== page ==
WhatCulture.com is pleased to welcome Vince Russo to our writing team. As the former head of creative in WWF's Attitude Era, as well as the head of creative during WCW's collapse and prominent on-screen personality, Vince has been at the very epicentre of the wrestling industry at some of wrestling's most crucial points. He is looking forward to sharing with our readers his recollections of these experiences in his new weekly WhatCulture.com column. Previous to his work in the success of the Attitude Era, Russo had been the editor of WWF magazine. He was promoted to the head of WWF creative in early 1997, working closely with Vince McMahon to inspire a new brand of characters and storylines. His contributions to edgier stories involving sex, swearing, violence, swerves, turns and worked shoots eventually helped make the WWF an entertainment colossus. Then in late 1999 he left the WWF at the height of his success, choosing to take up the head of creative role at the declining WCW. Unfortunately WCW's woes didn't improve, Russo instigated more gimmicks and worked shoots, ultimately failing to save the promotion's ever decreasing audience. Amid all of this he ended up becoming an on-screen character himself, winning the WCW World Title and becoming Champion. For all the undeniable success he achieved with the Attitude Era, Russo ended up taking criticism for his role in the demise of WCW. He later went on to do some work in TNA and is currently working on his website pyroandballyhoo.com He starts his debut WhatCulture column with 10 shocking and fascinating insights into things you didn't know about his history in the business..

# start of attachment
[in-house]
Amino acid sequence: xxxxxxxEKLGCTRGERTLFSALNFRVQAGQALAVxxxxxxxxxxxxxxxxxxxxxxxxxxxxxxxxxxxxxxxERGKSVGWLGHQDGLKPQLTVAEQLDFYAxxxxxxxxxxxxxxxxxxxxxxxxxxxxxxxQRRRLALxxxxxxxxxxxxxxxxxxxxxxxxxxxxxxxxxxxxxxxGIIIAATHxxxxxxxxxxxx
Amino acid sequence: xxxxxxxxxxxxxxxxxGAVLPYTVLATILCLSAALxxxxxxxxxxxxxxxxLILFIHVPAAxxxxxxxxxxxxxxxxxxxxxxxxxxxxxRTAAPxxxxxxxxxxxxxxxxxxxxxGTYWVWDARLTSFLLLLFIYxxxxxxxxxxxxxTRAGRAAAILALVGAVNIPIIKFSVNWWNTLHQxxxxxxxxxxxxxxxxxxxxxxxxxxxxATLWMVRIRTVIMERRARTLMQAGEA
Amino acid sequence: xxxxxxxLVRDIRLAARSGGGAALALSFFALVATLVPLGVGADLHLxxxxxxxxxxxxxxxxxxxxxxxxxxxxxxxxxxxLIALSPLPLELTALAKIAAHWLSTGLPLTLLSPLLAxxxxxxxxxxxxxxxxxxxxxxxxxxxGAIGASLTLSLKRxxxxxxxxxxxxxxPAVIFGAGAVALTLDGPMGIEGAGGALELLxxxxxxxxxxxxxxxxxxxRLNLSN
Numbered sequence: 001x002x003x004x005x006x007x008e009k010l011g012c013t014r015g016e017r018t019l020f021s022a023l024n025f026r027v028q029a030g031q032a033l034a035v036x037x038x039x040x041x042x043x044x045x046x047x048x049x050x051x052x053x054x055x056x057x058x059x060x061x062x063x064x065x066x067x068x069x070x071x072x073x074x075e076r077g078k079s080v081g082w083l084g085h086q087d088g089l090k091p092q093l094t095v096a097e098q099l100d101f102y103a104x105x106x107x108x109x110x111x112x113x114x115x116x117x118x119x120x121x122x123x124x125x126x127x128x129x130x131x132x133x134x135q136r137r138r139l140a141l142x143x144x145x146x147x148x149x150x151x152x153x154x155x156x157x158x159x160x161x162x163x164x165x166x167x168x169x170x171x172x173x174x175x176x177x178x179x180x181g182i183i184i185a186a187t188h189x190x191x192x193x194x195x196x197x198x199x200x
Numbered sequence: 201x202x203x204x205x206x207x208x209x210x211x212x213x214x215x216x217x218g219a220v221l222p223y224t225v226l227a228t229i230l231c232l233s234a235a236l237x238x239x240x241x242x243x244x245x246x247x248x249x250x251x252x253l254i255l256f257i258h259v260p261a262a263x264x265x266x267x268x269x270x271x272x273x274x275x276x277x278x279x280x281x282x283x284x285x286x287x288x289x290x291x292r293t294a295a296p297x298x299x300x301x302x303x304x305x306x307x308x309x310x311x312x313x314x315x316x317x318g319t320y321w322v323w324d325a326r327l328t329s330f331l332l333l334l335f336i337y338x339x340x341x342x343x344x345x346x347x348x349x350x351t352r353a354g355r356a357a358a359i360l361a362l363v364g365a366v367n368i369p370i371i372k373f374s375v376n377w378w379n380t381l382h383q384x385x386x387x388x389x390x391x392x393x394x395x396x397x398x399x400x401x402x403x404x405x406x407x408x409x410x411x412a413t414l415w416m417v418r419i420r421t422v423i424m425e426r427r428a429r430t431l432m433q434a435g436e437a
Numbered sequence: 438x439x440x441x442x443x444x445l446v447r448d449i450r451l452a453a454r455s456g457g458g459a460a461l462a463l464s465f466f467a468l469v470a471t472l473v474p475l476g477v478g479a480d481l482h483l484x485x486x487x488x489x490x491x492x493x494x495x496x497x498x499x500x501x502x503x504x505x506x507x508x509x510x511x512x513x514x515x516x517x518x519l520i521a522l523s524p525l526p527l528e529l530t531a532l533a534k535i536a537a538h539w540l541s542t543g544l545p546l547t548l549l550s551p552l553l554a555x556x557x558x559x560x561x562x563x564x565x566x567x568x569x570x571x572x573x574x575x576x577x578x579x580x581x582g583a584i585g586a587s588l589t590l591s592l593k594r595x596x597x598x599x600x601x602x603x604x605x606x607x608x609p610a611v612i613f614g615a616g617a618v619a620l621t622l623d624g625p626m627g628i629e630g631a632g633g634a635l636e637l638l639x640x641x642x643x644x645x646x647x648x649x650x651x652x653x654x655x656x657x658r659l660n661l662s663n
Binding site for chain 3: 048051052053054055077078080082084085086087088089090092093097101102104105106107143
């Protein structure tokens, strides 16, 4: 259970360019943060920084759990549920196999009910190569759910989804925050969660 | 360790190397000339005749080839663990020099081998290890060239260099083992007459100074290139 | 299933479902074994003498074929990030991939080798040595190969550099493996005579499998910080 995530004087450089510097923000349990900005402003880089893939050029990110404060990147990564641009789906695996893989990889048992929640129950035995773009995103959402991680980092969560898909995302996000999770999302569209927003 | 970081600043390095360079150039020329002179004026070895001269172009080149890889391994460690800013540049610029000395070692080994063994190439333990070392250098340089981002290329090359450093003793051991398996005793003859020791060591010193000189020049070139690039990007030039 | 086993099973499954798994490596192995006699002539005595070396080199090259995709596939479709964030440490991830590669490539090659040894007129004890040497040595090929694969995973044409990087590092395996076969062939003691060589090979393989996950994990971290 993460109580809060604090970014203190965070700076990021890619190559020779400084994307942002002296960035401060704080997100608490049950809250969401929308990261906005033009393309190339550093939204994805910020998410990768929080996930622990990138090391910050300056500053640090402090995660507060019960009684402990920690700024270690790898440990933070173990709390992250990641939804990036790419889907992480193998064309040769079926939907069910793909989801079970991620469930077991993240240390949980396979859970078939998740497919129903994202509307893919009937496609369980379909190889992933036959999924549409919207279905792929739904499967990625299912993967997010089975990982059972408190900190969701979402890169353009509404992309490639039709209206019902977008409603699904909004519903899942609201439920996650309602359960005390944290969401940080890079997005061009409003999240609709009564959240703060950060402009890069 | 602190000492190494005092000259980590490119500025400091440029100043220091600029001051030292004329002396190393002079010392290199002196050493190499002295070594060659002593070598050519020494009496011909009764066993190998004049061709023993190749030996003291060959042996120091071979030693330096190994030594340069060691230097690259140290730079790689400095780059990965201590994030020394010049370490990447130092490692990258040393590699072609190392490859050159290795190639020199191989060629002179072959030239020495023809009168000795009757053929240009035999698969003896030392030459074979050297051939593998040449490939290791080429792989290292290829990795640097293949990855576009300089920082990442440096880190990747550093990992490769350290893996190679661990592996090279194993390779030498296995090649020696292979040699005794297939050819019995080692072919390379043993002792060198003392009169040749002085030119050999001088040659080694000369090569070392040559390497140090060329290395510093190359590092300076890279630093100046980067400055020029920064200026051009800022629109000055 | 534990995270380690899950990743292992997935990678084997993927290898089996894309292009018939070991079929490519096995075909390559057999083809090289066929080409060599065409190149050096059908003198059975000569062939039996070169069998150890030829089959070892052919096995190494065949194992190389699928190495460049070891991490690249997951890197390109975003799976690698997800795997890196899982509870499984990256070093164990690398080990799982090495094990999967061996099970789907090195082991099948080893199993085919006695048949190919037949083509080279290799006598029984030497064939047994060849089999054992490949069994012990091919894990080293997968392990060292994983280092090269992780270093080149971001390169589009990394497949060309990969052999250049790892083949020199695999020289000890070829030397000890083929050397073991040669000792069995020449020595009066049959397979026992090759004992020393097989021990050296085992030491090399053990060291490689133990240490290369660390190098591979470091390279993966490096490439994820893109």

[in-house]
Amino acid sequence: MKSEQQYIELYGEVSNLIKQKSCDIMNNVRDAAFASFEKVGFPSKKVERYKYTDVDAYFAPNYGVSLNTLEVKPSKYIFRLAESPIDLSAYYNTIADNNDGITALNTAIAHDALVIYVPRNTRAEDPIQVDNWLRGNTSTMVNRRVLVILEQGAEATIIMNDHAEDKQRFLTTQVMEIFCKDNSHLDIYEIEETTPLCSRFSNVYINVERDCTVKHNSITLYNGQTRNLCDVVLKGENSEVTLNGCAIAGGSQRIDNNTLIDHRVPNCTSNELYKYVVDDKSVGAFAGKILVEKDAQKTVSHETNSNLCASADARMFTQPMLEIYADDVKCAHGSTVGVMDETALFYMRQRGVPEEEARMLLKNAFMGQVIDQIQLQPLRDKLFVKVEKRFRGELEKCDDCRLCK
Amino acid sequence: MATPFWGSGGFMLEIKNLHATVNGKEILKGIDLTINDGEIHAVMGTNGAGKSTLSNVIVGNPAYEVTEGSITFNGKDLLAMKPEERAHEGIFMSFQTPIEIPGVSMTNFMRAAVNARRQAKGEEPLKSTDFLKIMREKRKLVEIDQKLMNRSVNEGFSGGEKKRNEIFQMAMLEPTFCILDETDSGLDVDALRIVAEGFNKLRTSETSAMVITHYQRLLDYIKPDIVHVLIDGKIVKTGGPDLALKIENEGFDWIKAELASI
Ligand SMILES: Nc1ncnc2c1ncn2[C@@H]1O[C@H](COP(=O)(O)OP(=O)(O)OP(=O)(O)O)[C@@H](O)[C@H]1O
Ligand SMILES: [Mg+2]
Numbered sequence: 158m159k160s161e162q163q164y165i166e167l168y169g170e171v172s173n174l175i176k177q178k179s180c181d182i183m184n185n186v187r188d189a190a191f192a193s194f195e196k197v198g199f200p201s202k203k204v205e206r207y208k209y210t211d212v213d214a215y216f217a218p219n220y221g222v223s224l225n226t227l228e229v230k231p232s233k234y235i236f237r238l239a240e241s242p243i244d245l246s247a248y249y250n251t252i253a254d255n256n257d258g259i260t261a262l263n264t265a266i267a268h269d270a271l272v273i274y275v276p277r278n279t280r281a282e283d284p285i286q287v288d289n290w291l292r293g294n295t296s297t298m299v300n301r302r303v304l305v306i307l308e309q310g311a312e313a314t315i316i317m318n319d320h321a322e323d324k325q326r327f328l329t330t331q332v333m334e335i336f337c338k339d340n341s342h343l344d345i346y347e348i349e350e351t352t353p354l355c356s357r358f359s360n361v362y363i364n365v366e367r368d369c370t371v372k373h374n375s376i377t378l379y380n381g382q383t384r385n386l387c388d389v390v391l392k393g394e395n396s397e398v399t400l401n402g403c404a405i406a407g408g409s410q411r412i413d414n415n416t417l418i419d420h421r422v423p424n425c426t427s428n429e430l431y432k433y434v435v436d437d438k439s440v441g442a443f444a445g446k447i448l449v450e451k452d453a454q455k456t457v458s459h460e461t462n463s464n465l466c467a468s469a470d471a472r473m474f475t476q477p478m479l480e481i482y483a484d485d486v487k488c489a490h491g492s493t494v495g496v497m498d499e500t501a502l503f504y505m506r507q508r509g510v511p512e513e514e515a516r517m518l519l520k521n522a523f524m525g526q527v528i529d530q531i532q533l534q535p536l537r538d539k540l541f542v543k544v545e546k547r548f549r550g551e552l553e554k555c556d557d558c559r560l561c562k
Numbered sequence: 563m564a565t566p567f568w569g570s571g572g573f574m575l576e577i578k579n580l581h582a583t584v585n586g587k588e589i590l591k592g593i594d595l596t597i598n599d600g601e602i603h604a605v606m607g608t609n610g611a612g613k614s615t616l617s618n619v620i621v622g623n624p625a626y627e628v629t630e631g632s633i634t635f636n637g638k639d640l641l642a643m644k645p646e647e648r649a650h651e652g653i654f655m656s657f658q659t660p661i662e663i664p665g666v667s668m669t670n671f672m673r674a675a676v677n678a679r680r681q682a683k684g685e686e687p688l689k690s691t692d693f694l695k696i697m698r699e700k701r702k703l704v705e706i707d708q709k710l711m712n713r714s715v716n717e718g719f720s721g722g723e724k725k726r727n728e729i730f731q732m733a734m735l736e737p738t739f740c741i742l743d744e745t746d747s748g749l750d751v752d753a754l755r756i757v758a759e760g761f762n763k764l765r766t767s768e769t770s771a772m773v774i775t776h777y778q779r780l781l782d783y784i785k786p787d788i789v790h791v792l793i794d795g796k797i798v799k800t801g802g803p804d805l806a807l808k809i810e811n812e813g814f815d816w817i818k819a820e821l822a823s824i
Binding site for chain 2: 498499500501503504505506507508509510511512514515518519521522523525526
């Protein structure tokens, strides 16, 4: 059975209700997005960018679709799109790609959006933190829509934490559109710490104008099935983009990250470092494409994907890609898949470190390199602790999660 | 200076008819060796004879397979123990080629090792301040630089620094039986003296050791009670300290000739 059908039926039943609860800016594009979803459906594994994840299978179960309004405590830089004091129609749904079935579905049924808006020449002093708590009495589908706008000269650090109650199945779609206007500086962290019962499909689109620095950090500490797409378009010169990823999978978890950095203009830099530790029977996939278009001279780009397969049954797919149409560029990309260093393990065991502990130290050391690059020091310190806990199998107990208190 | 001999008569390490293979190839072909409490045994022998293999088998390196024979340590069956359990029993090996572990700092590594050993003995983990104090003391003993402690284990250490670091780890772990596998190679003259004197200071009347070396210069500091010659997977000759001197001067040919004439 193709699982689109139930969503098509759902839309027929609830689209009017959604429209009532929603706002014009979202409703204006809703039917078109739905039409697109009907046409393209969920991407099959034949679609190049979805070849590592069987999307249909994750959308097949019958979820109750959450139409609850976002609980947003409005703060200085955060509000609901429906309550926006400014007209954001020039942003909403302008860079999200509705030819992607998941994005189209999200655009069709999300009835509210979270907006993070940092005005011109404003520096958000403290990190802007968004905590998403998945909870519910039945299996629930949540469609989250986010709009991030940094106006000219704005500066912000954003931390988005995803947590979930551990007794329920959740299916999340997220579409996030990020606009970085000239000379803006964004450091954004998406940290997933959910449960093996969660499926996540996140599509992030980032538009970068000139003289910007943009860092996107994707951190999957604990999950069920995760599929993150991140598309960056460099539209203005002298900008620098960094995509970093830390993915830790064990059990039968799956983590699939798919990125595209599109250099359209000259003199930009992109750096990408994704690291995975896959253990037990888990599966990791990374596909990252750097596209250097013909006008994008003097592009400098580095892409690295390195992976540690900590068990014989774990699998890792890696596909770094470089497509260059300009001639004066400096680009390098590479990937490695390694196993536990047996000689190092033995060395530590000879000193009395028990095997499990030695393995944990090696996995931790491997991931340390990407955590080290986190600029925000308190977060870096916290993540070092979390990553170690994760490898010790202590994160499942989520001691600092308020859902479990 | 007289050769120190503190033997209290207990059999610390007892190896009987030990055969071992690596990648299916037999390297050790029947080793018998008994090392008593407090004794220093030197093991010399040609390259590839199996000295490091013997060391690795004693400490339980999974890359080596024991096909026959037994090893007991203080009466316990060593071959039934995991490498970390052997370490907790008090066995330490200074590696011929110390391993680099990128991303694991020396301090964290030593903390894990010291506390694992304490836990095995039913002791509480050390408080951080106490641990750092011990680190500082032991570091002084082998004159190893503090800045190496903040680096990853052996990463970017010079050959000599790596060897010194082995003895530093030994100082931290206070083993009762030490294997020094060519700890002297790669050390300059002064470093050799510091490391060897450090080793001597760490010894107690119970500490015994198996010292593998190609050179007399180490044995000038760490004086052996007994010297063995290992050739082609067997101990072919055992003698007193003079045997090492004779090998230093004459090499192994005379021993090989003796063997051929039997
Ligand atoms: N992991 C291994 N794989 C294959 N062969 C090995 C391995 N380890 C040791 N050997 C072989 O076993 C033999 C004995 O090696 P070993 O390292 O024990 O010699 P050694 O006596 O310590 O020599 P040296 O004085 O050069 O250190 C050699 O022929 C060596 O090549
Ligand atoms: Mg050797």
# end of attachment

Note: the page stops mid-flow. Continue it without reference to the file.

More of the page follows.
Former head of creative for the WWF and WCW during the most crucial period in wrestling industry history. Currently working on pyroandballyhoo.com, writing weekly slideshows exclusively for WhatCulture.com.